Overtly racially motivated rhetoric is becoming increasingly acceptable in Republican politics in the US. Two Italian researchers now argue that this can partly be traced back to the conservative Tea Party movement which has reshaped the Republican party's identity away from its traditional conservative axioms to one that is more nativist and racially tinged. Luigi Leone and Fabio Presaghi from the Sapienza University of Rome have published their findings in Springer's journal Race and Social Problems.
The Tea Party movement's name refers to the 1773 Boston Tea Party, when demonstrations against taxes imposed on colonists by the British government launched the American Revolution. The modern-day Tea Party began in 2009 in opposition to the Homeowner Affordability and Stability Plan of former President Barack Obama, and the Affordable Care Act (ObamaCare). Various Tea Party organizations rapidly made their mark in the Republican Senate and House primaries, and subsequent midterm elections.
Leone and Presaghi investigated the influence of the Tea Party on current US political discussions by analysing data collected from 3495 white respondents who took part in the 2012 survey of the American National Election Studies. The researchers found that people who supported the Tea Party were more likely to feel resentment against races other than their own, and - more importantly - that those supporting the Tea Party relied more strongly on their racial resentment in evaluating Obama.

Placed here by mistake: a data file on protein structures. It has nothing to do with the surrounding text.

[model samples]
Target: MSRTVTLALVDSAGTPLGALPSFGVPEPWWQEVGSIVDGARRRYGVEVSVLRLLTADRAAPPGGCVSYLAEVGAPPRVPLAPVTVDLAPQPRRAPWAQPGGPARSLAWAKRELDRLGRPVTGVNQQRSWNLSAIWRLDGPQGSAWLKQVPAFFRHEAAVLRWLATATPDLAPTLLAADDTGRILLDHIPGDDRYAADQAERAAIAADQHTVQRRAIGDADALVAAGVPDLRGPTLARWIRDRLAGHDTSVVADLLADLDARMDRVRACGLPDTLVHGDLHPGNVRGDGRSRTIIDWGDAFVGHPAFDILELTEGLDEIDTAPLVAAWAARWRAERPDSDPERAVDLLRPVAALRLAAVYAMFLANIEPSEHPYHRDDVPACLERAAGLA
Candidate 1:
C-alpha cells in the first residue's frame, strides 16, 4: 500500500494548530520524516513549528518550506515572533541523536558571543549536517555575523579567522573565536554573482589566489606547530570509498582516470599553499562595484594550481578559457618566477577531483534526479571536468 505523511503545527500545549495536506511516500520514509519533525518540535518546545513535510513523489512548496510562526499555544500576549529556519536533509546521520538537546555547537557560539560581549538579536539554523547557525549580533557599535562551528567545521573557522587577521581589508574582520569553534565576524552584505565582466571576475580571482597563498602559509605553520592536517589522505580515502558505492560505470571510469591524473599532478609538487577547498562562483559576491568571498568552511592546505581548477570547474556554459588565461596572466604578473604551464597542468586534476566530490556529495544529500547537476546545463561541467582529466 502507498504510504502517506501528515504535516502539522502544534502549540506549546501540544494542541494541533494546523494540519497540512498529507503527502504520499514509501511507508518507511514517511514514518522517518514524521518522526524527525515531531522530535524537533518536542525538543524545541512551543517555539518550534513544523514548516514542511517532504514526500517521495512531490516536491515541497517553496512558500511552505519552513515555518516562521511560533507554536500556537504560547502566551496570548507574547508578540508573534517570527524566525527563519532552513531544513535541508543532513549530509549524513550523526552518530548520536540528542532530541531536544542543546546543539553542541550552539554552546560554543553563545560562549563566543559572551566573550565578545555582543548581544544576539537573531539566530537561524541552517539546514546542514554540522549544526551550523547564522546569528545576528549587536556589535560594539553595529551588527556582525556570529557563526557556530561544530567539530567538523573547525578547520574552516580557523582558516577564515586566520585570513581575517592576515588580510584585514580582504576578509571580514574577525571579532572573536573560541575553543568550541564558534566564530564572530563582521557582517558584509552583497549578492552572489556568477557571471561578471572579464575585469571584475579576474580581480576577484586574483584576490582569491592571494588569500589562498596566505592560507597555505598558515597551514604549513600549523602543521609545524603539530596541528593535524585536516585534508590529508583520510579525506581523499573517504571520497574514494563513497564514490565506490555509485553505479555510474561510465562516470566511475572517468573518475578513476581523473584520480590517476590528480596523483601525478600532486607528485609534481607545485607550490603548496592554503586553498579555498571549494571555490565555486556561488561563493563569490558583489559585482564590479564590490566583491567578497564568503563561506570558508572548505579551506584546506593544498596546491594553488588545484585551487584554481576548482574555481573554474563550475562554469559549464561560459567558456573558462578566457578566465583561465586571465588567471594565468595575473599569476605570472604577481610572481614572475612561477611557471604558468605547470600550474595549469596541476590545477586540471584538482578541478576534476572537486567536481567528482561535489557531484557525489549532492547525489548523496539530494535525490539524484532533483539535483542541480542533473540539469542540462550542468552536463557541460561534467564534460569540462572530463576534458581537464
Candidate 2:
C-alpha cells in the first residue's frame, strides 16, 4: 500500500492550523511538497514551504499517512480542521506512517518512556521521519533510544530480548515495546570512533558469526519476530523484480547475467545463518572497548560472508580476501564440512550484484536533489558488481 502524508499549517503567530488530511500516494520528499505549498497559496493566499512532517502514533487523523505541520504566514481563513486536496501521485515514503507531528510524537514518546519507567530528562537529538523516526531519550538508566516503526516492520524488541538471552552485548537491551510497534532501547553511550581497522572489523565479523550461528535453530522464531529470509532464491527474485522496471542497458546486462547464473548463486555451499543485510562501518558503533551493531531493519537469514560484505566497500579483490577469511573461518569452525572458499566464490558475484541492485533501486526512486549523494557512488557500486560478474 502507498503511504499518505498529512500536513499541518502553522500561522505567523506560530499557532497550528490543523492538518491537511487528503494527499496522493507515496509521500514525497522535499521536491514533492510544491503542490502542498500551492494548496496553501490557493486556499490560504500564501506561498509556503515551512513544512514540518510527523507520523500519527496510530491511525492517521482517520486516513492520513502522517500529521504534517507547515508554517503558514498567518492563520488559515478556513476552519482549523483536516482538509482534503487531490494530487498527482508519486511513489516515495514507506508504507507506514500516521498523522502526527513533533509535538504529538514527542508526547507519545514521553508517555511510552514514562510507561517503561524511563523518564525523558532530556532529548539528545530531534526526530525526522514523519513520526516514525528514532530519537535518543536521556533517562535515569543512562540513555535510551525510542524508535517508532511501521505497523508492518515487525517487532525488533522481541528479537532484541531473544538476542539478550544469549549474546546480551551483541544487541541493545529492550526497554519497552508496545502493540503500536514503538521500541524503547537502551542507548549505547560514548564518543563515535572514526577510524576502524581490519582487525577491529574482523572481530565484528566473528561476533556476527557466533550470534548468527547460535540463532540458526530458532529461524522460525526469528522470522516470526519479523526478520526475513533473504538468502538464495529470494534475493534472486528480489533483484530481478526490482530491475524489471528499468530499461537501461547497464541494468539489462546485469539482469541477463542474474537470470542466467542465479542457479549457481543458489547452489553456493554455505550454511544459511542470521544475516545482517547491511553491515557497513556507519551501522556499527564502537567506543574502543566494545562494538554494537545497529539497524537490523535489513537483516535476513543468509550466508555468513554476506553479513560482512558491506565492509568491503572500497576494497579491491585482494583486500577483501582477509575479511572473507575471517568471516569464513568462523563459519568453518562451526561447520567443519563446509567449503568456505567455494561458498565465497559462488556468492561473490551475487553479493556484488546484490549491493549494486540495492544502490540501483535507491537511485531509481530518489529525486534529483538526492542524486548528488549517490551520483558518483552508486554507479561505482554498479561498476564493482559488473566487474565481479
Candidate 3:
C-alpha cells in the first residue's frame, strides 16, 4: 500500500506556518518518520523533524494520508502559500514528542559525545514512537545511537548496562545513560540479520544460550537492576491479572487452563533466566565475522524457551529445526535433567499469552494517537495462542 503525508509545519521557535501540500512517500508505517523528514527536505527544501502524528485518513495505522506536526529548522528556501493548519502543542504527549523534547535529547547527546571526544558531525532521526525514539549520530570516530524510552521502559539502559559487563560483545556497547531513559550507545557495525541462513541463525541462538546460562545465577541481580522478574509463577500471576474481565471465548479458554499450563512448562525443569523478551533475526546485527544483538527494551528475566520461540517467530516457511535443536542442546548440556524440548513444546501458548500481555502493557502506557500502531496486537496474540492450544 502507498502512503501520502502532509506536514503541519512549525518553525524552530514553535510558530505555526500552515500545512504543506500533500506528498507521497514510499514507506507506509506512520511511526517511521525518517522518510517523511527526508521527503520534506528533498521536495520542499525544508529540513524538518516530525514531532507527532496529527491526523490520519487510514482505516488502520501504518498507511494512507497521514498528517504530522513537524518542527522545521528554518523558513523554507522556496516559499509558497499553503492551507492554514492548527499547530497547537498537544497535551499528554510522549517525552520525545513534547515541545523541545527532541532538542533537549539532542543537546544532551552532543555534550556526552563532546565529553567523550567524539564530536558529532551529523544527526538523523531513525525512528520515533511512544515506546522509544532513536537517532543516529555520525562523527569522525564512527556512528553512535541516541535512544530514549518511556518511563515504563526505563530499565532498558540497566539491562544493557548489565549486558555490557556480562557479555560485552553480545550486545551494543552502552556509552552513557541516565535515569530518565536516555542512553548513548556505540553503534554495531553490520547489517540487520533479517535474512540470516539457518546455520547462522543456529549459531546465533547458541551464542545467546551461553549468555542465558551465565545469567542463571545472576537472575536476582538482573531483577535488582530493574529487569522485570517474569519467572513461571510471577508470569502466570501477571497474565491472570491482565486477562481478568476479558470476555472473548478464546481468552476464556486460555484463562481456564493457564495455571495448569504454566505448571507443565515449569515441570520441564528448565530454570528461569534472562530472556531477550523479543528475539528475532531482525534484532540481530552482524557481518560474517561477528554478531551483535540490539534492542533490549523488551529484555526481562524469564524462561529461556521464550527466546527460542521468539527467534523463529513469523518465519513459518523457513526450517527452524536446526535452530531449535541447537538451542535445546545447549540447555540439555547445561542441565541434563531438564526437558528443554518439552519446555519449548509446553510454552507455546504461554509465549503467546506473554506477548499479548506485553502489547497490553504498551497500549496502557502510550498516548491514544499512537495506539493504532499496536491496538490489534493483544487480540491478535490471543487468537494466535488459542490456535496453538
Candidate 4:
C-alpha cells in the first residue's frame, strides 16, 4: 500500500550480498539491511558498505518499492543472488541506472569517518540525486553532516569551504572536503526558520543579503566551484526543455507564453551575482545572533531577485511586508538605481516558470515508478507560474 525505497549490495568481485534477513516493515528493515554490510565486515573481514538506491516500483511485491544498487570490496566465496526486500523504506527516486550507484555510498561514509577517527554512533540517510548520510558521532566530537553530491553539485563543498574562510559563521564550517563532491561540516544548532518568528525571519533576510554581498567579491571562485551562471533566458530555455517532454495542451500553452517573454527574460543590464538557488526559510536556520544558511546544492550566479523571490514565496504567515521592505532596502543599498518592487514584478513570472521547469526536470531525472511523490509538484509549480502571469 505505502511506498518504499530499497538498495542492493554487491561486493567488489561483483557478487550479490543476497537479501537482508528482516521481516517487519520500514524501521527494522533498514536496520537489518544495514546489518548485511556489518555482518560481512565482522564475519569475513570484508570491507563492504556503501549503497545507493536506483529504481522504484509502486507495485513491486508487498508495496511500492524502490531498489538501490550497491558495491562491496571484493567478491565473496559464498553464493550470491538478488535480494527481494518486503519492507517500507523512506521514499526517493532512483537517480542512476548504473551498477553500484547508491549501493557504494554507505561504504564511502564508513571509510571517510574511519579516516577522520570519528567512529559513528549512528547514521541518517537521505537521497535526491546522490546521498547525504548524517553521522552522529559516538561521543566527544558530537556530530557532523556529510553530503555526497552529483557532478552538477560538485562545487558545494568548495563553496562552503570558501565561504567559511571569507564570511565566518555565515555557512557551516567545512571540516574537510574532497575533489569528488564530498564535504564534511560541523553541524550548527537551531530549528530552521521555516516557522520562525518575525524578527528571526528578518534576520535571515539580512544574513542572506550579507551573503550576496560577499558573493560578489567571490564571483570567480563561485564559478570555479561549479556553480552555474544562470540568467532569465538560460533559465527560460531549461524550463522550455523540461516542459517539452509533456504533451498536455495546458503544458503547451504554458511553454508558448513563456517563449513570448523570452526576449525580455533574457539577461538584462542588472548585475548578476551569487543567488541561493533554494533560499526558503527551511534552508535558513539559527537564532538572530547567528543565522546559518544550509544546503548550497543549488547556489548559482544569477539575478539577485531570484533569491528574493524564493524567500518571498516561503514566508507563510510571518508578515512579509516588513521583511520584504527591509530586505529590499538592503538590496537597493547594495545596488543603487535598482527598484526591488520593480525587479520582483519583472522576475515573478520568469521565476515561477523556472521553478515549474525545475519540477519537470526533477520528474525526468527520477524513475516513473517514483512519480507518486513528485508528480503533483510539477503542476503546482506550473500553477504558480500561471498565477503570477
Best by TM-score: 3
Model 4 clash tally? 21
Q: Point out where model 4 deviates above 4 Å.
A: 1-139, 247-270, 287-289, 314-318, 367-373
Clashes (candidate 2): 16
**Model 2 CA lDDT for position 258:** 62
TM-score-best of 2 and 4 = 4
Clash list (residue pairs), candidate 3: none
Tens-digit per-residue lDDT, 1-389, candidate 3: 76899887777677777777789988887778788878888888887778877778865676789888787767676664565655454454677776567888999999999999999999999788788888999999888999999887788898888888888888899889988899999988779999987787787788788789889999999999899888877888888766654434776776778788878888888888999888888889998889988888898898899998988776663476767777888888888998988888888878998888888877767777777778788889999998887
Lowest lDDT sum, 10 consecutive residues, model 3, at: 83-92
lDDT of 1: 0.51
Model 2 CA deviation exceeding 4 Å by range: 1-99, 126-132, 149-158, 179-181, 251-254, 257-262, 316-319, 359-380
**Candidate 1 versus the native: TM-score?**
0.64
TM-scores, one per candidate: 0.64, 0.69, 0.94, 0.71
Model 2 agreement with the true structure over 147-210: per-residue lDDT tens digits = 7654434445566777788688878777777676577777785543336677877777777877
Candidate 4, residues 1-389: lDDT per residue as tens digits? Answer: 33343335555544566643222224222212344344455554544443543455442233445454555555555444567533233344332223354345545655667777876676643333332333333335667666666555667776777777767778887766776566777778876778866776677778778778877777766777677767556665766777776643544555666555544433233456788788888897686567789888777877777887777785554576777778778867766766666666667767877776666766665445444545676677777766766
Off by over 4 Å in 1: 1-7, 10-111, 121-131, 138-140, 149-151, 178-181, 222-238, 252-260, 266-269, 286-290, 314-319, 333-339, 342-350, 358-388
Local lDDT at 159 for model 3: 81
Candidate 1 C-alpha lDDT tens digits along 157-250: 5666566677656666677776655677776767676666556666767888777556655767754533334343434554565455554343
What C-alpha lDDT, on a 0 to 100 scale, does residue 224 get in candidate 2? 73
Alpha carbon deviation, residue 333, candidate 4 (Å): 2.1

"The interaction we found between racial resentment and support for the Tea Party could reflect how tolerance for overtly racially motivated rhetoric increases the role of racial animus in shaping attitudes," says Leone.
The researchers contend that the form of overtly racialized political language used by Trump is not unexpected.
"This type of language was tested by the Tea Party as a new way of reintroducing into mainstream political discourse overtly racialized political meanings," explains Leone.
"Racial resentment and racially motivated political discourse have become less disturbing as an after effect of Tea Party rhetoric and Trump's communication strategy," adds Presaghi. "The tense racialization of several political topics under the Trump presidency is a legacy of the Tea Party's ability to make racially hostile content in political communication acceptable to a large number of white Americans."
Reference: Leone, L. & Presaghi, F. (2018). Tea party support, racial resentment and evaluations of Obama: a moderation analysis, Race and Social Problems DOI: 10.1007/s12552-018-9224-6